Kinasewitz, G. & Wood, R.G. Eur. J. Clin. Microbiol. Infect. Dis. (1991) 10: 872. doi:10.1007/BF01975846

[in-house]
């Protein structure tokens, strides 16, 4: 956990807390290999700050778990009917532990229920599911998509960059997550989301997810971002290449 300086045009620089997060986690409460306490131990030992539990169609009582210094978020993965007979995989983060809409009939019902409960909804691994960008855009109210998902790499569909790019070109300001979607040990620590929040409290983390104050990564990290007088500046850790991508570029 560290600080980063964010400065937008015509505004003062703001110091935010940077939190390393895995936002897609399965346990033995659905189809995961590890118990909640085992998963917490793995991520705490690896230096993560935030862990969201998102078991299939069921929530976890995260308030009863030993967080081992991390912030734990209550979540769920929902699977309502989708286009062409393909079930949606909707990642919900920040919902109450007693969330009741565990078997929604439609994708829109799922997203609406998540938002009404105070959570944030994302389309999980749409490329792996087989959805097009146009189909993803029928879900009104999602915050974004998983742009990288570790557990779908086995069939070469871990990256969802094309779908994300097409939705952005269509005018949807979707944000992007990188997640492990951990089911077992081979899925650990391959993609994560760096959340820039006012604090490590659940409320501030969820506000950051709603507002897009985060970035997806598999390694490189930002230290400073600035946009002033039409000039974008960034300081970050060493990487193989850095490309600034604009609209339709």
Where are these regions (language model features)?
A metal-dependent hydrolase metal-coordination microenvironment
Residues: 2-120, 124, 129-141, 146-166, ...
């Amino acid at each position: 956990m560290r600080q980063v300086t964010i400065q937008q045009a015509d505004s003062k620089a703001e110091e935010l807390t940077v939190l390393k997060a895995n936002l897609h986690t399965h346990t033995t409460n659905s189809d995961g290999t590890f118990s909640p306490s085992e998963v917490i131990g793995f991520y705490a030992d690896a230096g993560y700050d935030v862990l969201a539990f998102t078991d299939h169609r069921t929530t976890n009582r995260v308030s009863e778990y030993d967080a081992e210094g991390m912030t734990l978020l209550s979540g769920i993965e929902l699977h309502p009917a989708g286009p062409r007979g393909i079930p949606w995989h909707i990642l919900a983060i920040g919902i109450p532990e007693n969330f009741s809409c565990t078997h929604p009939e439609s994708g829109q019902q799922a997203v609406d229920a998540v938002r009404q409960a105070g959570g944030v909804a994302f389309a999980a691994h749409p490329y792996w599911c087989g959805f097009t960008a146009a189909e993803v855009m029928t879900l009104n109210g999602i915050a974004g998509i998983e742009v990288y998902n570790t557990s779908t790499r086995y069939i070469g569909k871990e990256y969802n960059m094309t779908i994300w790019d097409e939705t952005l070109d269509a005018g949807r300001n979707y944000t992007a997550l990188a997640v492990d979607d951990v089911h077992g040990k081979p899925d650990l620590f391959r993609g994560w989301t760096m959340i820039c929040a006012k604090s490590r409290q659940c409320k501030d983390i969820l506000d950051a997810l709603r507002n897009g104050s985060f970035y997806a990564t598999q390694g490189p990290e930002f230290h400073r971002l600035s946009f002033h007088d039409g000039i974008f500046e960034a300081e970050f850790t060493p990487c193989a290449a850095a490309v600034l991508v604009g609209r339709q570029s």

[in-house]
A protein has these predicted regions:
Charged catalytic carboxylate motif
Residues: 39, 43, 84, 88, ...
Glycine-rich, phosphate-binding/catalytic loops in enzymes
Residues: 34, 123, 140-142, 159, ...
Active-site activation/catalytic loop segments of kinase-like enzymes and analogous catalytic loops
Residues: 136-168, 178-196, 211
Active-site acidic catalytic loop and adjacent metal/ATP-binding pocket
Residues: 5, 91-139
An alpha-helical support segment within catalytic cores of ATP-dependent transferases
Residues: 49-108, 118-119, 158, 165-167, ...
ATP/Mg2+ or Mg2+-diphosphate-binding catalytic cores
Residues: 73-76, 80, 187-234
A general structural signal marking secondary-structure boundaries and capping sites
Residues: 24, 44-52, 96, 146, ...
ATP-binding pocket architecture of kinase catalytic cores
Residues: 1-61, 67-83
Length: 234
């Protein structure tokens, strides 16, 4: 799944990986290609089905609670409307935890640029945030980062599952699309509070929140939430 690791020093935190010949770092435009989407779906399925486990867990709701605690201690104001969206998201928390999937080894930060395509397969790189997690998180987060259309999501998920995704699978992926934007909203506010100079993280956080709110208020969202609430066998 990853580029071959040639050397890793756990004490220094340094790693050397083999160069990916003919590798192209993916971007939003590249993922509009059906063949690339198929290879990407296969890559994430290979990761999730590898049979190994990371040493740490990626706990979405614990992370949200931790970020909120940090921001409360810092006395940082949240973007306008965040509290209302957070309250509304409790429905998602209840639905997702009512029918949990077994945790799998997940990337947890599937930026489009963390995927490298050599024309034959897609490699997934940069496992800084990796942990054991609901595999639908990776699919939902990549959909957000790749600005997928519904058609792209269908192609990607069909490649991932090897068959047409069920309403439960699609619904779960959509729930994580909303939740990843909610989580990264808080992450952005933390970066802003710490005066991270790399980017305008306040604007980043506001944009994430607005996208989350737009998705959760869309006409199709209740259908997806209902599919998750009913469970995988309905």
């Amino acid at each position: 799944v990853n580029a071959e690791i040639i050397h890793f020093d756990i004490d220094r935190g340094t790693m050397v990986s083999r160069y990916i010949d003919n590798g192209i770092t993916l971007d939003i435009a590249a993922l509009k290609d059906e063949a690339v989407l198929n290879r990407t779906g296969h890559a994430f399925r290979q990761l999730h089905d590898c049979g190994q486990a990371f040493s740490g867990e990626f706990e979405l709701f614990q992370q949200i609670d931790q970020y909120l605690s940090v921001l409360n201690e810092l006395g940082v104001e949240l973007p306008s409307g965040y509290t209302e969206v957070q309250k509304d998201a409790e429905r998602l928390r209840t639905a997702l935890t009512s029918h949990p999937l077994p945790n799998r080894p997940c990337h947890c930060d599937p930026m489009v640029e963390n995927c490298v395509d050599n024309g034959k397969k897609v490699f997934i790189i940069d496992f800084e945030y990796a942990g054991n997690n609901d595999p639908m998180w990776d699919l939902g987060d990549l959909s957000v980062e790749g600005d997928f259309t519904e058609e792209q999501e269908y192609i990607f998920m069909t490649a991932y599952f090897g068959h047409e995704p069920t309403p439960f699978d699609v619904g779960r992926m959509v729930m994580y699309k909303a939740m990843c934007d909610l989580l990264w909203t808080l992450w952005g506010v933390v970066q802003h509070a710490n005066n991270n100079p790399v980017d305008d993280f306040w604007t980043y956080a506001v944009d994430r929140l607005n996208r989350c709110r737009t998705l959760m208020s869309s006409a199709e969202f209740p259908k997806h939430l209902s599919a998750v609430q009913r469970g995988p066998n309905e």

In this randomised, double-blind study carried out in 28 centres, azithromycin (500 mg single dose on day 1, followed by 250 mg once-daily on days 2–5) was compared with cefaclor (500 mg t.i.d. for 10 days) in the treatment of acute bacterial pneumonia. A total of 119 patients entered the study, and of these 71 were evaluable and included in the efficacy analysis. The overall satisfactory clinical response was 97.3 % for azithromycin patients and 100 % for cefaclor patients. The clinical cure rates of azithromycin and cefaclor were 46.9 % and 41.0 %, respectively; improvement was seen in an additional 46.9 % of azithromycin-treated patients and in 59.0 % of the cefaclor group. The bacteriological eradication rates were 80.4 % and 92.6 %, respectively. These rates of clinical and bacteriological efficacy, were not statistically different. Both antibiotics were well tolerated during the study; only two patients (one on each study drug) discontinued medication due to adverse events. The overall incidence of side effects was 18.9 % (10 of 53 patients) for azithromycin- and 12.1 % (eight of 66 patients) for cefaclor-treated patients. Gastrointestinal disturbances were the most commonly reported side effects (nine of 10 azithromycin-treated patients and six of eight cefaclor-treated patients). In addition, two cefaclor patients reported headache. All azithromycin side effects were mild or moderate in severity, but there were two severe occurrences in the cefaclor group (1 nausea, 1 vomiting) the later leading to discontinuation. In conclusion, the study demonstrated that a five-day (five-dose) course of therapy with azithromycin was effective and well tolerated compared with a 10-day (30-dose) course of cefaclor in the treatment of patients with acute bacterial pneumonia.